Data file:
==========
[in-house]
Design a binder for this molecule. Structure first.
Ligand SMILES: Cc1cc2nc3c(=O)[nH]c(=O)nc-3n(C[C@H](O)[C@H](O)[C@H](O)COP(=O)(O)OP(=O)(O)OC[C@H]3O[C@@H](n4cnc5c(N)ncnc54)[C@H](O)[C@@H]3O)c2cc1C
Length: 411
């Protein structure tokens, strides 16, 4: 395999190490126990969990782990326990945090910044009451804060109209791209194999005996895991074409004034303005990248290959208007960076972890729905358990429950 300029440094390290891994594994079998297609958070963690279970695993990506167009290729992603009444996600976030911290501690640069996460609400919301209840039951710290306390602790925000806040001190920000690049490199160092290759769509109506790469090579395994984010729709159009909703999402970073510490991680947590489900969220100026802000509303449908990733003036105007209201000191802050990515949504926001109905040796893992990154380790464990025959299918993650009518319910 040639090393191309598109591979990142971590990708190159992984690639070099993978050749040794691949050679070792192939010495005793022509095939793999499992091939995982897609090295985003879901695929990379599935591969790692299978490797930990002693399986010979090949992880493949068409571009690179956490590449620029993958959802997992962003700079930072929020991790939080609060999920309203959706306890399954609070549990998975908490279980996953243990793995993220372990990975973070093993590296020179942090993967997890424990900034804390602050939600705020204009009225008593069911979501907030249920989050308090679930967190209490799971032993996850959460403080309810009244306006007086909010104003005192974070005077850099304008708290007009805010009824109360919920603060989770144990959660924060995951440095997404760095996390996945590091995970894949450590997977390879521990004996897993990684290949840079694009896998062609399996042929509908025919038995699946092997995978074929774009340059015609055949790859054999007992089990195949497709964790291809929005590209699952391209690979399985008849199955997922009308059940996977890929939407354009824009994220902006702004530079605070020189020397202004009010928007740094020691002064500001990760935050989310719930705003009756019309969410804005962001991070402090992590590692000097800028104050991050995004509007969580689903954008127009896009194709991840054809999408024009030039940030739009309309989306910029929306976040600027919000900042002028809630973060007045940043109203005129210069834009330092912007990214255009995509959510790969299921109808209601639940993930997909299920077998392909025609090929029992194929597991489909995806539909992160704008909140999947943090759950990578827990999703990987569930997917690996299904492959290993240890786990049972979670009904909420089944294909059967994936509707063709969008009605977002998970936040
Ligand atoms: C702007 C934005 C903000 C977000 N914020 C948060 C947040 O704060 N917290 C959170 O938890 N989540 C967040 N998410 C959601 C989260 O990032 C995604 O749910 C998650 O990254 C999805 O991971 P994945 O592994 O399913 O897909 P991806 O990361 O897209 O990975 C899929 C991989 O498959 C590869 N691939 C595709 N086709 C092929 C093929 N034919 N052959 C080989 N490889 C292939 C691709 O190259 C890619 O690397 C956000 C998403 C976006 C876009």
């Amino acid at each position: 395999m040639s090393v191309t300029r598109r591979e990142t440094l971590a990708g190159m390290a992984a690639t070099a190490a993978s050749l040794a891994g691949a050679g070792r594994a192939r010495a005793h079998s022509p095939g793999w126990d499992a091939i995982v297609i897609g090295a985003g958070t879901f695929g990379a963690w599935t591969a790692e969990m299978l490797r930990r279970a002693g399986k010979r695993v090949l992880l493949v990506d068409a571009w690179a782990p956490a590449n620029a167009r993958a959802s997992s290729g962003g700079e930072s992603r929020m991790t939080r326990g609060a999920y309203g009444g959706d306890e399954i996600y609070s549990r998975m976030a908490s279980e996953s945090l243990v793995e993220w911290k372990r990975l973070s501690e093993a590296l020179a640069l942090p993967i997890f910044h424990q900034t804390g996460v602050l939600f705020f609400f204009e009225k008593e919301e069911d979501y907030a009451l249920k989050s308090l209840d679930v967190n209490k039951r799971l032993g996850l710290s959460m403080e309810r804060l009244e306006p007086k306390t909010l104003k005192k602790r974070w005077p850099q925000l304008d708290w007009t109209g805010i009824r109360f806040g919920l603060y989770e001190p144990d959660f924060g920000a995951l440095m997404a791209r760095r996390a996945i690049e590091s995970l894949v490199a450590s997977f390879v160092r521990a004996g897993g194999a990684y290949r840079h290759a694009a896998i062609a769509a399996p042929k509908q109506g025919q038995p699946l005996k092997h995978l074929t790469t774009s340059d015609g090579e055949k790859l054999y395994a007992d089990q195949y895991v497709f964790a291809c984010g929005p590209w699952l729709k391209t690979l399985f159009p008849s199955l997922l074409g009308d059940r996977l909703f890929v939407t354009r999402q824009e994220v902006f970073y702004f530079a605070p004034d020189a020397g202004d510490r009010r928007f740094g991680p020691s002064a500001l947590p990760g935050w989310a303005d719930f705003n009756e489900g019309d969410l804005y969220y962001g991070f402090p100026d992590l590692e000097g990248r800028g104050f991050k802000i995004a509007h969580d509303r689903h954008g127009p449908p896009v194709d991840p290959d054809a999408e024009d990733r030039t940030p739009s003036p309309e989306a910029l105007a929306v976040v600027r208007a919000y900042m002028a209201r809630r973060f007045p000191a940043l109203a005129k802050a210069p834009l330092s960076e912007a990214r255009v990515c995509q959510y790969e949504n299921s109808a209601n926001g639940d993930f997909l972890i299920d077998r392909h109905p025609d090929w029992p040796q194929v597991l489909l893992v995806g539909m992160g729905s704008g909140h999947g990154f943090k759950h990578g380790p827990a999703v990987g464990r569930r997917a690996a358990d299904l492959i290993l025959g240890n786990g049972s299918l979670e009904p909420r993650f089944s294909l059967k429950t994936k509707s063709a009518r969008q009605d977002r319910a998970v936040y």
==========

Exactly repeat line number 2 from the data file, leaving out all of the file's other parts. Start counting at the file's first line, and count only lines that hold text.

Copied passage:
Design a binder for this molecule. Structure first.